The second big takeaway that Fagan got from his early years in business was the need to be “recession proof.”

“Because of the lessons we learned during the recession,” he says, “we now try to be recession-proof and not box ourselves into a niche that won’t survive the next economic downturn. To do that, we expanded our services and established a staffing division, two years ago.”

Since the Mattox Group was already serving small business clients with tax and accounting services, they had an insider’s perspective on the additional needs of those businesses. Fagan was able to see firsthand how often his clients struggled with recruiting for both temporary and permanent positions. Often, these clients lacked recruiting and staffing expertise, but also lacked the funds to hire executive headhunters to provide assistance.

After studying enough of his small business and nonprofit customers, Fagan saw a market need and a growth opportunity.

“We already had an engagement with [these clients], and this was a nice opportunity to add value,” he says. “We’re also involved in the veteran community. We recognized there was a need for veterans and military spouses to find gainful employment. We connected these needs.”

Funding a new expansion with Fundbox

When it came to funding the expansion, Fagan called on Fundbox.

“This is one reason I fell in love with Fundbox,” he says. “Fundbox has have been a lifesaver because they understood a temporary staffing agency. The banks don’t really want to come out and take a risk on that.”

While major banks typically require a lengthy process and years of business paperwork and proof of revenue or collateral in order to extend a business loan or business line of credit, Fundbox users can be approved without paperwork, on the basis of business data such as QuickBooks records or a business checking account. The Fundbox integration with QuickBooks was initially what got Fagan’s attention.

Though he wasn’t ready for funding yet, he says, he was thinking about what he’d need in the future.

“I found out about Fundbox at QuickBooks Connect three years ago,” he remembers. “At the time, I was looking for a traditional bank line of credit, because of [my plan for] the new staffing division. I knew I would have to have the cash to make that happen. There was a greater return on investment to start the division rather than wait until we could self-finance it. I think that’s why anybody looks for a traditional line of credit.”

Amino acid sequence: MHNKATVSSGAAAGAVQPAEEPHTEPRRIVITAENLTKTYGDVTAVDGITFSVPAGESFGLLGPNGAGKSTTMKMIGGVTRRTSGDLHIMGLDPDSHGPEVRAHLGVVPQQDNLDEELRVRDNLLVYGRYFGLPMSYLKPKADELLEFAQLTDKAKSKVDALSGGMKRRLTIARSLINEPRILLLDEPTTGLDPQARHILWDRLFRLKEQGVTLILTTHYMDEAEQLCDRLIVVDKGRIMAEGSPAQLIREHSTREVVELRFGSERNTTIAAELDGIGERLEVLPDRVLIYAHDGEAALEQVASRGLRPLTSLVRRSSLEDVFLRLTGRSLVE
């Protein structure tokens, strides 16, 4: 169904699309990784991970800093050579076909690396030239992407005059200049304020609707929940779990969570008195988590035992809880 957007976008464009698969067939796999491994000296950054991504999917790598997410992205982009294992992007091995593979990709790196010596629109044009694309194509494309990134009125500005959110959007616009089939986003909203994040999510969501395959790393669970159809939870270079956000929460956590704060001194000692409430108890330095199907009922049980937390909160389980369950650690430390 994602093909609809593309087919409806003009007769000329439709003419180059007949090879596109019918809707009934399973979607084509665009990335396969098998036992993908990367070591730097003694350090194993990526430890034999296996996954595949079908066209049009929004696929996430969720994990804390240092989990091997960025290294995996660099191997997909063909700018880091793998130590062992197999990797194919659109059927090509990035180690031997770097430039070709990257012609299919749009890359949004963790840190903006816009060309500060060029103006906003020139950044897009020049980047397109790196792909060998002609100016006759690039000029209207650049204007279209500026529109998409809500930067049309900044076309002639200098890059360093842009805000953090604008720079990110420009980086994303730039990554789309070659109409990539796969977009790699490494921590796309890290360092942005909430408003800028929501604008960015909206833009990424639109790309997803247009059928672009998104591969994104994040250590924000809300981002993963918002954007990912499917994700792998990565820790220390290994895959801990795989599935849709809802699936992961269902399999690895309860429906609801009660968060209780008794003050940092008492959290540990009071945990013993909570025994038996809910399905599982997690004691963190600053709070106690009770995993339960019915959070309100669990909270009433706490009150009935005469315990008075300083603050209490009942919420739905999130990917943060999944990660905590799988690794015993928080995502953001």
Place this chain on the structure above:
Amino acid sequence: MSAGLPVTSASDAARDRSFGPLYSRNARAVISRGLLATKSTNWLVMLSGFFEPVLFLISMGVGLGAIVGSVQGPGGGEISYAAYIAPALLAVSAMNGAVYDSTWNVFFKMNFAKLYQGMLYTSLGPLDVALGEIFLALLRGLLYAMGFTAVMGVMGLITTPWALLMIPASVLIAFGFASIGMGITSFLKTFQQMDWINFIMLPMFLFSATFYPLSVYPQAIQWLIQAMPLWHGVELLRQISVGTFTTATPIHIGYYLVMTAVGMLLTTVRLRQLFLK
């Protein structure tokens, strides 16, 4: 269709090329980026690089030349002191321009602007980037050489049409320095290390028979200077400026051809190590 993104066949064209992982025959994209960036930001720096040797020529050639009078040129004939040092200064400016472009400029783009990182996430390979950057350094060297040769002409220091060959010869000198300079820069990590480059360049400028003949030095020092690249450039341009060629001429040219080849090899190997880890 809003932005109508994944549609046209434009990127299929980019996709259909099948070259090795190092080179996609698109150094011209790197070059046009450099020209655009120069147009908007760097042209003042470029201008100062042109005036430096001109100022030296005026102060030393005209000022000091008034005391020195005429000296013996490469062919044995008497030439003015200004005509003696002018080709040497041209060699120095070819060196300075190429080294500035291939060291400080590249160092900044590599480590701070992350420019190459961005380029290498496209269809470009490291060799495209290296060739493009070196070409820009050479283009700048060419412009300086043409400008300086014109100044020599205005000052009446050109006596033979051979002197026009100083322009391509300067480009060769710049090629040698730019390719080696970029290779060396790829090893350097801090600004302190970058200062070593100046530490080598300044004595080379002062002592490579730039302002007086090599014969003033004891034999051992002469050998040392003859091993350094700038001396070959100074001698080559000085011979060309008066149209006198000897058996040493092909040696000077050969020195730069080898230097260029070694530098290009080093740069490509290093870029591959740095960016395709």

Fundbox was exhibiting at the event, and after meeting the Fundbox team in person, Fagan decided to apply. He was quickly approved for a credit line and started using the funds.

“Our partnership with Fundbox has allowed us to start and grow this division. It went from an idea two years ago, to hundreds of thousands of dollars in revenue in these first four years. I’m really pleased.”

“That little seed was huge. It got us started,” he says. “Our partnership with Fundbox has allowed us to start and grow this division. It went from an idea two years ago, to hundreds of thousands of dollars in revenue in these first four years. I’m really pleased.”

In the years he has worked with Fundbox, his credit line has increased as he built a track record of business success and paying on time. Currently, his line of credit is more than five times what it was when he was first approved. “I could always use more,” he chuckles, “but it’s growing at just about the right pace.”

Looking ahead, he is optimistic about the potential for his business to keep growing: “Now we’ve grown a bit with Fundbox, and it’s allowed us to grow the number of staffing associates that we manage. We’re looking forward to exciting things in 2019.”


Author: Irene Malatesta

Published: January 3, 2019